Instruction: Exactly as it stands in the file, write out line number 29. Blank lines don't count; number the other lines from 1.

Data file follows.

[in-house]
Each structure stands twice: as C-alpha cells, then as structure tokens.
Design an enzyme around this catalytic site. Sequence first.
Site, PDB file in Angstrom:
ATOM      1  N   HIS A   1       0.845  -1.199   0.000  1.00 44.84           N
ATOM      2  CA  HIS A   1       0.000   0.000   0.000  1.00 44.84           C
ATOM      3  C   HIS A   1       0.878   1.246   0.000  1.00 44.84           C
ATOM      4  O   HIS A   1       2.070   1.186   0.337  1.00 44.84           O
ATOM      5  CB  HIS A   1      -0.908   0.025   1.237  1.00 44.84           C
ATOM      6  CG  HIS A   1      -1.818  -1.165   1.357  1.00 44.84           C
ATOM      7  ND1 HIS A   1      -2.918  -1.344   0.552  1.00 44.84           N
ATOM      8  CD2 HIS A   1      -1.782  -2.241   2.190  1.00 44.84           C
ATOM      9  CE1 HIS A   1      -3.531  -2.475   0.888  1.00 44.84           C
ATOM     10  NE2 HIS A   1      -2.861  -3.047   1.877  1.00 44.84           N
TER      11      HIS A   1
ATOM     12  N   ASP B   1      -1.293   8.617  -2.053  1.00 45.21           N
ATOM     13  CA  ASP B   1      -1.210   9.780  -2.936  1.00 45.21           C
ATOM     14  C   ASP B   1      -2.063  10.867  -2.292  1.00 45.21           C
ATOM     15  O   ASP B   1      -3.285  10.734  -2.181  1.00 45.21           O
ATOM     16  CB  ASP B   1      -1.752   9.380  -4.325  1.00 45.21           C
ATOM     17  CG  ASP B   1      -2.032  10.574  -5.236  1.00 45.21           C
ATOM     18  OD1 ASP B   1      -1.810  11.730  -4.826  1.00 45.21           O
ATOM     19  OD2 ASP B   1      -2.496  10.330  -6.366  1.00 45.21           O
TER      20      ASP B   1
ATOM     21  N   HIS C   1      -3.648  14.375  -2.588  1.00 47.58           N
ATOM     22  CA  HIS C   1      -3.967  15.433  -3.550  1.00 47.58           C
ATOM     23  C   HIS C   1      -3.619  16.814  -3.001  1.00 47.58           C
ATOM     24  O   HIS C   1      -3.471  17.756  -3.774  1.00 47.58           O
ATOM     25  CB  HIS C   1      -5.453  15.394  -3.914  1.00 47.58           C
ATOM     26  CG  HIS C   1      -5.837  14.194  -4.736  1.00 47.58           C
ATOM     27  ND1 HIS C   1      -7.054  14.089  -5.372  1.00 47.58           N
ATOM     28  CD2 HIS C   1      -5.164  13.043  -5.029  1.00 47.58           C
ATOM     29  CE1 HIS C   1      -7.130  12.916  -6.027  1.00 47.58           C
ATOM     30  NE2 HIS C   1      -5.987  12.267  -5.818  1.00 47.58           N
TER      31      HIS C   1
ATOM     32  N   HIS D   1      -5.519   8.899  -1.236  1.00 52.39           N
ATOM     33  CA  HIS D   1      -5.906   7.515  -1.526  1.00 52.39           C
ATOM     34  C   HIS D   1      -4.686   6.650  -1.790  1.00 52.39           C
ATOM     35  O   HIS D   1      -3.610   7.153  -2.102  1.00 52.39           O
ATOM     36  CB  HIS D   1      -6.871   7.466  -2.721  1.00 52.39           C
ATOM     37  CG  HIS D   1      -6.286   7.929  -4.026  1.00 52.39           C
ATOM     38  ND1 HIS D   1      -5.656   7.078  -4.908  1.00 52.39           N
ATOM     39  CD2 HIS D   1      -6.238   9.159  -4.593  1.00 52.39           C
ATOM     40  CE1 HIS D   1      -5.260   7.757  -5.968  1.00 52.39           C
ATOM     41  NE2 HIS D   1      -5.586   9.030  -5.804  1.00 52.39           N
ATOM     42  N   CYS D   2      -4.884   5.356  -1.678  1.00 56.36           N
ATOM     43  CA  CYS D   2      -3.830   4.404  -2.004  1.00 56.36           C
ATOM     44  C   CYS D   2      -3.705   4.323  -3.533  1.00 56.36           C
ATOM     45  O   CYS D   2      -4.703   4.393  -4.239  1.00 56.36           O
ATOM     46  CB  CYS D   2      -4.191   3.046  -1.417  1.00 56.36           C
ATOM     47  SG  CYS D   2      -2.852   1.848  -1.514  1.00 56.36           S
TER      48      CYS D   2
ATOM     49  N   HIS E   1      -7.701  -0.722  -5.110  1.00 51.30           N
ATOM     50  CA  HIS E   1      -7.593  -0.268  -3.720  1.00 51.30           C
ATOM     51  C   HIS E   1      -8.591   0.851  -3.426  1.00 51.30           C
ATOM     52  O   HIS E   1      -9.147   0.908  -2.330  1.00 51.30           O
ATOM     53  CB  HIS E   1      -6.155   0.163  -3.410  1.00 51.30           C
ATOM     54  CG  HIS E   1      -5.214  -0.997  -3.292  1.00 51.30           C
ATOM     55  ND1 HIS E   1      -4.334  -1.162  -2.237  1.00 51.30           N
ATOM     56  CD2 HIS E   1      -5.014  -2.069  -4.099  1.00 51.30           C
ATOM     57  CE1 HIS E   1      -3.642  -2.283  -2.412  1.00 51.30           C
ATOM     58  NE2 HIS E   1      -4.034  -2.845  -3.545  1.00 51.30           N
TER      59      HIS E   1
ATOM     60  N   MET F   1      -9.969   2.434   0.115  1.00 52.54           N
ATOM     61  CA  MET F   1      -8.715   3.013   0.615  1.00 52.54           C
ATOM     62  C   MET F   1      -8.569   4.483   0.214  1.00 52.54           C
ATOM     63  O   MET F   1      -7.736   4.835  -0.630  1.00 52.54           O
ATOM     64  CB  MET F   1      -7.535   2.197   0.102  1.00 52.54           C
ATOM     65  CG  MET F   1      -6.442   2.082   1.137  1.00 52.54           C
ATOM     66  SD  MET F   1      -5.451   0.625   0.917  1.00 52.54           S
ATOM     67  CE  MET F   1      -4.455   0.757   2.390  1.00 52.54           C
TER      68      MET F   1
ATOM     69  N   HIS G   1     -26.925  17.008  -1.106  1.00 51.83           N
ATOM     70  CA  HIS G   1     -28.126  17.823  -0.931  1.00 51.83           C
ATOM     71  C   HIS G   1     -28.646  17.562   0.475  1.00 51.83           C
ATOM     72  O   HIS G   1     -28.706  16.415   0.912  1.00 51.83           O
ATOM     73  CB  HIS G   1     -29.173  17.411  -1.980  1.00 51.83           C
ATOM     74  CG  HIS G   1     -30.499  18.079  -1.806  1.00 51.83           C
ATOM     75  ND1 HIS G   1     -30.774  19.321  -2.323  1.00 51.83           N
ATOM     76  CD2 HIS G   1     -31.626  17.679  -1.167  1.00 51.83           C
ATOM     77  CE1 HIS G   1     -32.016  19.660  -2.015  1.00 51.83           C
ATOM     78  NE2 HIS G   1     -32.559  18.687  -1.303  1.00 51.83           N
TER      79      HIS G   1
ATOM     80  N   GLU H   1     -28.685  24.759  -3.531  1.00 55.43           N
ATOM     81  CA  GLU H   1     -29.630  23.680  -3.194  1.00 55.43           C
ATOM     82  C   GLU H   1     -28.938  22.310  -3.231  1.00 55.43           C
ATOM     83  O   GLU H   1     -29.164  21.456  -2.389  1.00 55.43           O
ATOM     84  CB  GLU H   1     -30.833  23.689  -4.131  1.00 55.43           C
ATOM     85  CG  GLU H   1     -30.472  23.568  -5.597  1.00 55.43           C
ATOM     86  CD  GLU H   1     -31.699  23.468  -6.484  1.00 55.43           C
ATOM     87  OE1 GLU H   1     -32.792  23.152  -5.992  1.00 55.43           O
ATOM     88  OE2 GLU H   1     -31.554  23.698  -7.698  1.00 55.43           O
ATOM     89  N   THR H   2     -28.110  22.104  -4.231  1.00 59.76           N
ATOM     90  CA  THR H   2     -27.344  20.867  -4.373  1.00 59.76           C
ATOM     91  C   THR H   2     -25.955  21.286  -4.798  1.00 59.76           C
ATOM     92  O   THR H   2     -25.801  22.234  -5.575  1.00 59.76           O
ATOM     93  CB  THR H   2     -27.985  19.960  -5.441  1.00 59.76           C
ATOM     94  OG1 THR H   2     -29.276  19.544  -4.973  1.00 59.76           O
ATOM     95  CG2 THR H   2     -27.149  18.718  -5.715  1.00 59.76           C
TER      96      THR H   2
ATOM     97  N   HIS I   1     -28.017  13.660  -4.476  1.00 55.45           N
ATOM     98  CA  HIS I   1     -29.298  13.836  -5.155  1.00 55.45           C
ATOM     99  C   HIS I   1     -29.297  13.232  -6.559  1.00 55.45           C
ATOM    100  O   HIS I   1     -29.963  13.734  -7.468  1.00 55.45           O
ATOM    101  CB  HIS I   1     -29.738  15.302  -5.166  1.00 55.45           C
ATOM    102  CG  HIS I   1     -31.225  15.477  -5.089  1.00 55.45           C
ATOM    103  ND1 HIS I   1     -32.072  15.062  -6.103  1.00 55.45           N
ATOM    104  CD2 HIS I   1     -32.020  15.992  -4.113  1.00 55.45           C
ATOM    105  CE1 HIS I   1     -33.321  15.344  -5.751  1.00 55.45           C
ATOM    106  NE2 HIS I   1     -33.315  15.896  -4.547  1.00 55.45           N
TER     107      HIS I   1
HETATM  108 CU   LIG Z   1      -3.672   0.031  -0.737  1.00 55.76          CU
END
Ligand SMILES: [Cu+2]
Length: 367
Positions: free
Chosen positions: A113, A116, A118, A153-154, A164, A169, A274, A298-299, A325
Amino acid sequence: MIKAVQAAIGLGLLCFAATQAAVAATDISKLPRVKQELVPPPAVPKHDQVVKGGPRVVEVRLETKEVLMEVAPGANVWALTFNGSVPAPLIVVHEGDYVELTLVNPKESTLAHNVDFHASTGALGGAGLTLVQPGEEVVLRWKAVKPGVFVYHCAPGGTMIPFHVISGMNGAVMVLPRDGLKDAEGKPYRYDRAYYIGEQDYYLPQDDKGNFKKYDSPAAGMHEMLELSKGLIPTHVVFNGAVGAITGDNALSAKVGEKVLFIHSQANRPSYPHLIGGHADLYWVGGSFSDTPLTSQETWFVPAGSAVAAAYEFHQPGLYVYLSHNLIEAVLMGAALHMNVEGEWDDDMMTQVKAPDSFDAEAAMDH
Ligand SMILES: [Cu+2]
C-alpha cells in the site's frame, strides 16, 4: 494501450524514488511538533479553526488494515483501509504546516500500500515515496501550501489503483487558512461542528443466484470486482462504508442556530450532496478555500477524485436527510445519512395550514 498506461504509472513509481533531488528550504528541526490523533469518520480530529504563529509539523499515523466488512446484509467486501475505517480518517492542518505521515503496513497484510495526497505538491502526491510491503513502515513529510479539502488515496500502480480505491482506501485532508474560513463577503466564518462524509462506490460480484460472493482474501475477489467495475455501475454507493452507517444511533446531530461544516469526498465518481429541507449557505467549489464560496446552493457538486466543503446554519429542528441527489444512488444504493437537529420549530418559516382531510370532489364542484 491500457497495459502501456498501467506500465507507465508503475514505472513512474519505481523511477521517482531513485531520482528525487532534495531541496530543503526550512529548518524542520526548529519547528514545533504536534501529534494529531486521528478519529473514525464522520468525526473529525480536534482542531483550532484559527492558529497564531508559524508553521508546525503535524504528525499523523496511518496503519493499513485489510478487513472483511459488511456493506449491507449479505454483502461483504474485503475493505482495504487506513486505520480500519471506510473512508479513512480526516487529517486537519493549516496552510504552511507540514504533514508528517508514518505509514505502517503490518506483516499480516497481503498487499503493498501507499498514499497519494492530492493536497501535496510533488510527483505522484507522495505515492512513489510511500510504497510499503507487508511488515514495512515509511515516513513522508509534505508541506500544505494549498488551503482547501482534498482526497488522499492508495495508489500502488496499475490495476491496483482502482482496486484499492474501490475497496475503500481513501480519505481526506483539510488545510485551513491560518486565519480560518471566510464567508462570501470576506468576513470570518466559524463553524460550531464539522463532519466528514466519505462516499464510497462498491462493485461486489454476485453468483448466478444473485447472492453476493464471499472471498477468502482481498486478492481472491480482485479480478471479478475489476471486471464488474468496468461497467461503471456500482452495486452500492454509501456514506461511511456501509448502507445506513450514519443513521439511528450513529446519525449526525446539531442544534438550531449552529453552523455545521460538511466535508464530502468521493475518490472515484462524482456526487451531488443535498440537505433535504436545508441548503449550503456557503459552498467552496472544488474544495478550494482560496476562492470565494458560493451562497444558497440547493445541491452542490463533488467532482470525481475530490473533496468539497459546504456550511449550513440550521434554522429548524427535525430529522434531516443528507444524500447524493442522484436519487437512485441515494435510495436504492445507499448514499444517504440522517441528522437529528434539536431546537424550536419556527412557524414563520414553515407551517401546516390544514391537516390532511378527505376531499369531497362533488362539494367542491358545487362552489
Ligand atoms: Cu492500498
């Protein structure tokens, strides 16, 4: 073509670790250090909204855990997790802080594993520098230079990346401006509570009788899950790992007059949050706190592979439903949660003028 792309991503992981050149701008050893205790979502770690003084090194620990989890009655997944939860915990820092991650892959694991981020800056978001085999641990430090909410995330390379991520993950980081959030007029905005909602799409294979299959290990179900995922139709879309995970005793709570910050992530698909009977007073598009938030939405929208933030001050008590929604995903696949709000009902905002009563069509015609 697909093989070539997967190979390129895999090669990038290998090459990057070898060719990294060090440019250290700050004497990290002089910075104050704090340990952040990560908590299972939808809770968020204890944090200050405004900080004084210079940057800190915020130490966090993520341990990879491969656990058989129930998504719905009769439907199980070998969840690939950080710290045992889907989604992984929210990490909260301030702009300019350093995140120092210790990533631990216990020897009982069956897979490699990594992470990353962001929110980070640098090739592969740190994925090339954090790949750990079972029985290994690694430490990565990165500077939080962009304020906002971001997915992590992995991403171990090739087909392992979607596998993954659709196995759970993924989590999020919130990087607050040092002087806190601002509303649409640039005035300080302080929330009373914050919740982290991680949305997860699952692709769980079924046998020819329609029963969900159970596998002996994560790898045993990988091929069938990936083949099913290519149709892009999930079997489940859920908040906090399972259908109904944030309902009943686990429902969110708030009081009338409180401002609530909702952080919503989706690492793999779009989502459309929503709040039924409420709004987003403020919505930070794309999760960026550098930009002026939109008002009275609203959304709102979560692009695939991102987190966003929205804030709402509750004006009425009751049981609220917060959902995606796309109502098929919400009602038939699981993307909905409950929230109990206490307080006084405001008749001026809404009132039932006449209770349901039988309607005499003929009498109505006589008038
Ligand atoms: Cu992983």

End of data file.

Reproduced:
ATOM     25  CB  HIS C   1      -5.453  15.394  -3.914  1.00 47.58           C